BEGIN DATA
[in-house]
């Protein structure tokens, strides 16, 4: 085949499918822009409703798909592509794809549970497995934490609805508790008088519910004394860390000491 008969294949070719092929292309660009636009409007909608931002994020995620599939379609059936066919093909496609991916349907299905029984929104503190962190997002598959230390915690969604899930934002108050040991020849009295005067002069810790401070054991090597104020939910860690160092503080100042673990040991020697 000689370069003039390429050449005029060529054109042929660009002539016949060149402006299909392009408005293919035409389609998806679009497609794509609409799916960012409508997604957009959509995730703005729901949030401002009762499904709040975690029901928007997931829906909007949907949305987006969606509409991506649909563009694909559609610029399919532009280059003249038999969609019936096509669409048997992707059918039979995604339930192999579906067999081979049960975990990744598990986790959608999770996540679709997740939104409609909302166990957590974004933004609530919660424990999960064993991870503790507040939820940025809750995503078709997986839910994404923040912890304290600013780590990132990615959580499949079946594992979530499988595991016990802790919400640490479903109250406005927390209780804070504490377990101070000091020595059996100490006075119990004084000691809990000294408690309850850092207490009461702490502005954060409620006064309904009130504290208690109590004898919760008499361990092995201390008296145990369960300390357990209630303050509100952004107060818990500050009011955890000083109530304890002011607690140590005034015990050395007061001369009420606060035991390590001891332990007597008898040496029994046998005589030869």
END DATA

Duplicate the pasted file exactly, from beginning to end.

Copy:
[in-house]
């Protein structure tokens, strides 16, 4: 085949499918822009409703798909592509794809549970497995934490609805508790008088519910004394860390000491 008969294949070719092929292309660009636009409007909608931002994020995620599939379609059936066919093909496609991916349907299905029984929104503190962190997002598959230390915690969604899930934002108050040991020849009295005067002069810790401070054991090597104020939910860690160092503080100042673990040991020697 000689370069003039390429050449005029060529054109042929660009002539016949060149402006299909392009408005293919035409389609998806679009497609794509609409799916960012409508997604957009959509995730703005729901949030401002009762499904709040975690029901928007997931829906909007949907949305987006969606509409991506649909563009694909559609610029399919532009280059003249038999969609019936096509669409048997992707059918039979995604339930192999579906067999081979049960975990990744598990986790959608999770996540679709997740939104409609909302166990957590974004933004609530919660424990999960064993991870503790507040939820940025809750995503078709997986839910994404923040912890304290600013780590990132990615959580499949079946594992979530499988595991016990802790919400640490479903109250406005927390209780804070504490377990101070000091020595059996100490006075119990004084000691809990000294408690309850850092207490009461702490502005954060409620006064309904009130504290208690109590004898919760008499361990092995201390008296145990369960300390357990209630303050509100952004107060818990500050009011955890000083109530304890002011607690140590005034015990050395007061001369009420606060035991390590001891332990007597008898040496029994046998005589030869």